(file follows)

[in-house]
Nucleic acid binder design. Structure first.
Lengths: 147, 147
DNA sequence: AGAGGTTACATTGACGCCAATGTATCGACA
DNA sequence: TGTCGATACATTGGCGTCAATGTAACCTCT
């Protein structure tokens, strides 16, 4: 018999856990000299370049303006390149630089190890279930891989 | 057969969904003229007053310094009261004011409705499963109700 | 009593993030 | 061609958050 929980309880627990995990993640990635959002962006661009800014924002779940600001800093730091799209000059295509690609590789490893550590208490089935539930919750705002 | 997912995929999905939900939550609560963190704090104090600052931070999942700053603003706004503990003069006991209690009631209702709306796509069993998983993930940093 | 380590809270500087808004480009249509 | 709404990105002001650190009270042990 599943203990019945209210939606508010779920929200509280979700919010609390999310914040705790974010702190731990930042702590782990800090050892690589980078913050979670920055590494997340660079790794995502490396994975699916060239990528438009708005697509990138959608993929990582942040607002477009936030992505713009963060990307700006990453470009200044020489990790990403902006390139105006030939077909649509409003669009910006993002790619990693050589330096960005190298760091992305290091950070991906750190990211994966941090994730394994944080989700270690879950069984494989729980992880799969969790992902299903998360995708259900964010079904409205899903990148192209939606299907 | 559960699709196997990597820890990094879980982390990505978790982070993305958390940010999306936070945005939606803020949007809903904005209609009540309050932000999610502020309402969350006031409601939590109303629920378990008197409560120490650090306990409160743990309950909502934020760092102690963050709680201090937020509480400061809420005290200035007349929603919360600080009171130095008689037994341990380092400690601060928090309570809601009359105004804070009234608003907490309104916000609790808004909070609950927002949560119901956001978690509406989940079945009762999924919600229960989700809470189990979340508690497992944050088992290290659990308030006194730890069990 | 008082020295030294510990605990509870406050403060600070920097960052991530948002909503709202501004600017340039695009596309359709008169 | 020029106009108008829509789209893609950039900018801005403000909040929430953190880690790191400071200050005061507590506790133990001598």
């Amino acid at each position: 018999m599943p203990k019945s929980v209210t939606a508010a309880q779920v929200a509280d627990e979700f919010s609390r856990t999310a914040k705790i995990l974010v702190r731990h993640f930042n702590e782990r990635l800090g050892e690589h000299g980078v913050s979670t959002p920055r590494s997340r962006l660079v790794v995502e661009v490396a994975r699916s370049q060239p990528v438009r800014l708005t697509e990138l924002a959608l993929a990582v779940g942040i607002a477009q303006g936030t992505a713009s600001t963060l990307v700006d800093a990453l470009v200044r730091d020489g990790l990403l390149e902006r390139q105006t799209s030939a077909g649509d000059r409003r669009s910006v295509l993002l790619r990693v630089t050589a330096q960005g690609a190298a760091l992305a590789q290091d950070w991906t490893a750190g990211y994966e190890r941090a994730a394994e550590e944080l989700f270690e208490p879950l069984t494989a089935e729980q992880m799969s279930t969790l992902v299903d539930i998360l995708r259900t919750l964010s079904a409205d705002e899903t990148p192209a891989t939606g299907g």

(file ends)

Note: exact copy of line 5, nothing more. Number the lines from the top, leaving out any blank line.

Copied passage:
DNA sequence: TGTCGATACATTGGCGTCAATGTAACCTCT